b. similar to ivermectin + scab mite (Psoroptes ovis)
c. common internal parasites
d. none for dairy cattle
e. ProHeart 6
What is the tx of choice for screworms in cattle?
Doramectin
Melarsomine

a. class
b. brand name
c. clinical uses
d. toxicity
a. arsenical
b. Immiticide
c. drug of choice to tx heartworm infection in dogs
d. salivation, dyspnea can be reversed w/ dimercaperol
What is the drug of choice to tx heartworm infection in dogs?
Melarsomine
Praziquantel

a. brand name
b. mechanism of action
c. spectrum in dogs & cats
a. Droncit
b. related to inc. influx of Ca --> parasite muscle paralysis
c. effective against all tapeworms (cestodes)
Epsiprantel

a. spectrum in dogs & cats
a. 100% effective vs. Dipylidium caninum & Taenia pisiformis (cestodes)
What drugs are approved to tx Monezia tapeworms in ruminants?
Albendazole, Fenbendazole
Clorsulon

a. mechanism of action
b. spectrum in ruminants
c. withdrawal time
a. deprives flukes of energy source
b. 100% effective vs. adult Fasciola hepatica, higher doses needed for younger flukes (NOT APPROVED FOR DAIRY CATTLE)
c. short
What benzimidazole is effective against mature flukes?
Albendazole
Metronidazole

a. class
b. mechanism
c. clinical use
d. use in food animals
a. nitroimidazole
b. disrupts DNA synthesis
c. tx of Giardia
d. extralabel use illegal d/t suspected mutagenicity, carcinogenicity
What is the drug of choice for tx of Giardia?
Fenbendazole
Clindamycin

a. mechanism
binds to 50S ribosomal subunit --> inhibits protein synthesis
What is the drug of choice to tx Toxoplasmosis in cats & dogs?
Clindamycin
Name 4 drugs/classes effective against Coccidia.
sulfonamides
Decoquinate
Amprolium
polyether ionophores
Sulfonamides

a. mechanism
b. clinical use
a. inhibit folate synthesis
b. tx of Coccidia in ruminants, small animals
What is the drug of choice to tx Coccidia in small animals?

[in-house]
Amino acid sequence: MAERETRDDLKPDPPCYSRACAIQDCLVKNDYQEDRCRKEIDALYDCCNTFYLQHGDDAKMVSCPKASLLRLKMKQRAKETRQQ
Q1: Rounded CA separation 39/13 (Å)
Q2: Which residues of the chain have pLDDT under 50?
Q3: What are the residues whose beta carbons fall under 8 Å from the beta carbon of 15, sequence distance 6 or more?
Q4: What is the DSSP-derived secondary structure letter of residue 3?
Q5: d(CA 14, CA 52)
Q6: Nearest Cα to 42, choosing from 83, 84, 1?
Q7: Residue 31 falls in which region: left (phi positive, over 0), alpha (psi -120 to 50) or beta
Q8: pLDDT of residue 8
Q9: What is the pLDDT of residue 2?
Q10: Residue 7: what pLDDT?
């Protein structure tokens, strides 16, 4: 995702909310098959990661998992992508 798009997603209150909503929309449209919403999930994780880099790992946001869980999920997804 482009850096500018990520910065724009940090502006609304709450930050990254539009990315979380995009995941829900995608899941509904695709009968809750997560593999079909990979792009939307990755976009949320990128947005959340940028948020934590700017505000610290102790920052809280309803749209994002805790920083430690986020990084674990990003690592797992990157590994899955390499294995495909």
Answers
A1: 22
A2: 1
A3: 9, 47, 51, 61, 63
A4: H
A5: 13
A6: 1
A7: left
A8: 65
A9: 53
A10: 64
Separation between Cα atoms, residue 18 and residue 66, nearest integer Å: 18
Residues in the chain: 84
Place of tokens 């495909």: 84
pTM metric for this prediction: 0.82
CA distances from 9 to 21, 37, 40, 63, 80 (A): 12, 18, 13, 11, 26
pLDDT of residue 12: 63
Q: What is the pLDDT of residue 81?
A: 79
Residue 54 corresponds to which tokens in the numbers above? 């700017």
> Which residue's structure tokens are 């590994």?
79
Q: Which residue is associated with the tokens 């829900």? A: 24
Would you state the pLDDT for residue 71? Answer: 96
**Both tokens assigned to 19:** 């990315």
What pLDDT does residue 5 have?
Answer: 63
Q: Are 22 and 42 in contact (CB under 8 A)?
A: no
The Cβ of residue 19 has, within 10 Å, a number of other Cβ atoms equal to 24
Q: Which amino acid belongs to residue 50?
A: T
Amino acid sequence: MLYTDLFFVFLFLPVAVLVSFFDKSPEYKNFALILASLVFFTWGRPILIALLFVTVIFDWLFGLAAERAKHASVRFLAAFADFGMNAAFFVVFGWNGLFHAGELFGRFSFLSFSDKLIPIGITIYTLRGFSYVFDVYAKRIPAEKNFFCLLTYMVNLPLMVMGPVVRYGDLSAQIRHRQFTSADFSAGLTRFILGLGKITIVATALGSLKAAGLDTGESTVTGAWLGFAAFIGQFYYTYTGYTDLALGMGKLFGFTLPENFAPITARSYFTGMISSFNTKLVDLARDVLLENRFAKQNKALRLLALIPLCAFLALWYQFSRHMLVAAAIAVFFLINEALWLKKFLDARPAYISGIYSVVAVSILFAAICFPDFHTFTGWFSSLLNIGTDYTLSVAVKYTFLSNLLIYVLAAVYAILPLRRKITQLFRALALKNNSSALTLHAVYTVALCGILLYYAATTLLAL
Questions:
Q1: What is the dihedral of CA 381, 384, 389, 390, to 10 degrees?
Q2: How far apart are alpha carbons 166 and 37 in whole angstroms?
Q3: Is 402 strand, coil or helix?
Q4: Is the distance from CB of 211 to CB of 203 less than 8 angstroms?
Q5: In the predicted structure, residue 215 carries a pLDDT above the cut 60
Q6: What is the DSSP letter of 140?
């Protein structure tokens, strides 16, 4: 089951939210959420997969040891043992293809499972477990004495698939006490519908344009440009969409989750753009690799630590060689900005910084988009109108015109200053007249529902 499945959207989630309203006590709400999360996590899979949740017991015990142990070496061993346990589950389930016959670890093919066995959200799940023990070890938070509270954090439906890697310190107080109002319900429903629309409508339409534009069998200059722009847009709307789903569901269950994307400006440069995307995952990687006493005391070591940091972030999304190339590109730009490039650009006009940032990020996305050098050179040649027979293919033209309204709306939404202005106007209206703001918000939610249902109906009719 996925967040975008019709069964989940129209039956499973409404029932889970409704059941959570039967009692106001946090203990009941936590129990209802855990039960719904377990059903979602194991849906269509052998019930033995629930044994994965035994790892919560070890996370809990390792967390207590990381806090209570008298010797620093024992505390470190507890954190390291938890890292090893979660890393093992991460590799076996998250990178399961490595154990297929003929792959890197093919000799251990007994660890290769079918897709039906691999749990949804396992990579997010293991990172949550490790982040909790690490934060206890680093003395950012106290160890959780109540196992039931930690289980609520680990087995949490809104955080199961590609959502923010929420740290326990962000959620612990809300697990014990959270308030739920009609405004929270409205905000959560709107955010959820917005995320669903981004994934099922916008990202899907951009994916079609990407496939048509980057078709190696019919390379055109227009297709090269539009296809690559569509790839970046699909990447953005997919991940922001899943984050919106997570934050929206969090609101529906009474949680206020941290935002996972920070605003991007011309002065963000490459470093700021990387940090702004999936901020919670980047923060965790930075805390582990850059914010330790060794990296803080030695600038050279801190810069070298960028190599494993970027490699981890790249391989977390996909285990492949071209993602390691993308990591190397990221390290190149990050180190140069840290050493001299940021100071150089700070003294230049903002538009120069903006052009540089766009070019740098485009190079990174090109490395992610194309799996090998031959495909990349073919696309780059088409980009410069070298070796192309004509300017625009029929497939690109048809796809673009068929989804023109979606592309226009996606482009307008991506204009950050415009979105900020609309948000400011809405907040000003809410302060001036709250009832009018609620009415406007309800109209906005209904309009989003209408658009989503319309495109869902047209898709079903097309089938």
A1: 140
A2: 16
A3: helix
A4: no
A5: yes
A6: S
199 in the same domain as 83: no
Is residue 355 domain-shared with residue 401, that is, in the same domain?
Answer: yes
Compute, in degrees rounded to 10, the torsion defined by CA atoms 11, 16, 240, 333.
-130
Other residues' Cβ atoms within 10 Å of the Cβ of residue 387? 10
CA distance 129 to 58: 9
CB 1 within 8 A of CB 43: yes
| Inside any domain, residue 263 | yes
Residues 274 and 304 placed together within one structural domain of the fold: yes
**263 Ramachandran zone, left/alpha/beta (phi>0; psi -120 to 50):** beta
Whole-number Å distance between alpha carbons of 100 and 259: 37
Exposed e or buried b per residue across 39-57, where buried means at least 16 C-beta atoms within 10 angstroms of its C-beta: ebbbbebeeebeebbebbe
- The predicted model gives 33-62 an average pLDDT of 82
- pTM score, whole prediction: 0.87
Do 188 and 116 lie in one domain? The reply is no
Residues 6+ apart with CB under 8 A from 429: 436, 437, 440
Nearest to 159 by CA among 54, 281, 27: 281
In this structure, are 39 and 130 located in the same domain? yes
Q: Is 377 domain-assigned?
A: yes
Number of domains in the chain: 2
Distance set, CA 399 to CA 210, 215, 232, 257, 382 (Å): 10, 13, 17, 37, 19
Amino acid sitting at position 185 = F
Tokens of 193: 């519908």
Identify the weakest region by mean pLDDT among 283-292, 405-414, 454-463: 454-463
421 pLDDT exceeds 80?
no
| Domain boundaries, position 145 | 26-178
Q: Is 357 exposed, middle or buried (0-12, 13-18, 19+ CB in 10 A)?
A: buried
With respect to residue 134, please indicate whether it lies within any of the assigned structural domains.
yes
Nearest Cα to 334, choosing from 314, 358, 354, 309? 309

Sulfonamides
Decoquinate

a. mechanism
b. clinical use
c. meat withdrawal time
a. blocks DNA synthesis by inhibiting DNA gyrase
b. approved to tx coccidia in most ruminants & birds
c. none
Amprolium

a. mechanism
b. clinical use
a. competitively inhibits active transport of thiamine in Eimeria
b. only approve anticoccidial for layers
polyether ionophores

a. mechanism
b. clinical uses
c. toxicity
a. form lipophilic complexes w/ Na --> facilitates Na transport across cell mem --> inc. Na, Cl, water influx --> cell swelling, inhibition of mitonchondrial fn, ATP hydrolysis
b. anticoccidial in cattle, chickens, sheep
c. severe CV effects d/t high intracellular Ca levels (DO NOT USE in HORSES or TURKEYS)
What are 3 drugs used to tx EPM?
Ponzauril (Marquis)
Pyrimethamine + Sulfadiazine (Rebalance)
Nitazoxamide (Navigator)
What drug is used to tx canine babesiosis?
Imidocarb
What species/breeds are very sensitive to OP toxicity?
Brahman cattle
greyhounds
cats
-delayed neuropathy
carbamates

a. mechanism
b. clinical uses
a. reversible inhibit AchE --> inc. Ach at cholinergic receptors
b. in sprays, dusts, flea & tick collars for dogs & cats
pyrethrins & pyrethroids

a. mechanism
b. spectrum
c. toxicity
a. modulate Na channels --> repetitive discharge or mem. depolarization, suppress GABA & glutamate receptor-channel complexes
b. fleas, ticks, head flies
c. nerve & muscle disorders: DO NOT GIVE TO CATS!
What is the difference b'twn pyrethrins & pyrethroids?
pyrethins: plant origin
pyrethroids: synthetic (more resistant to metabolism, greater residual activity)
What ectoparasites can be treated w/ macrolide endectocides?
mites, lice, grubs
Fipronil

a. brand name
b. mechanism
c. spectrum
a. Frontline Plus: fipronil + methoprene
b. blocks passage of Cl ions thru GABA & glutamate gated channels
c. adult fleas, ticks
Imidacloprid

a. class
b. brand name
c. mechanism
d. spectrum
a. neonicotinoid
b. Advantage, K9 Advantix
c. cholinomimetic: competitive inhibition at post-synatic nicotinic sites --> disruption of nerve transmission
d. NOT effective vs. ticks
K9 Advantix (imidacloprid + pyrethrin): mosquitos, ticks, fleas (DOGS ONLY)
Nitenpyram

a. class
b. brand name
c. clinical use
a. neonicotinoid
b. CapStar
c. effective against fleas in dogs & cats
Amitraz

a. brand name
b. mechanism
c. spectrum
a. Mitaban dip
b. MAO inhibitor
c. effective against mites & ticks
Methoprene

a. class
b. mechanism
a. insect growth regulator
b. falsely signals parasite to remain immature
Lufenuron

a. class
b. mechanism
c. clinical use
a. insect growth regulator
b. inhibits chitin synthesis
c. administered orally every month to control fleas in cats & dogs
glucosamine

a. effects
a. stimulates cartilage cells to synthesize glycosaminoglycans & proteoglycans
chondroitin sulfate

a. what it is
b. effects
a. glycosaminoglycan in articular cartilage
b. stimulates repair of articular cartilage, inc. viscosity of joint fluid, inhibits enzymes that degrade articular cartilage
polysuflated glycosaminoglycans

a. brand name
b. effects
a. Adequan
b. inhibits proteases in joints, stimulates proteoglycan, collagen, & hyaluronate synthesis, improves healing of cartilage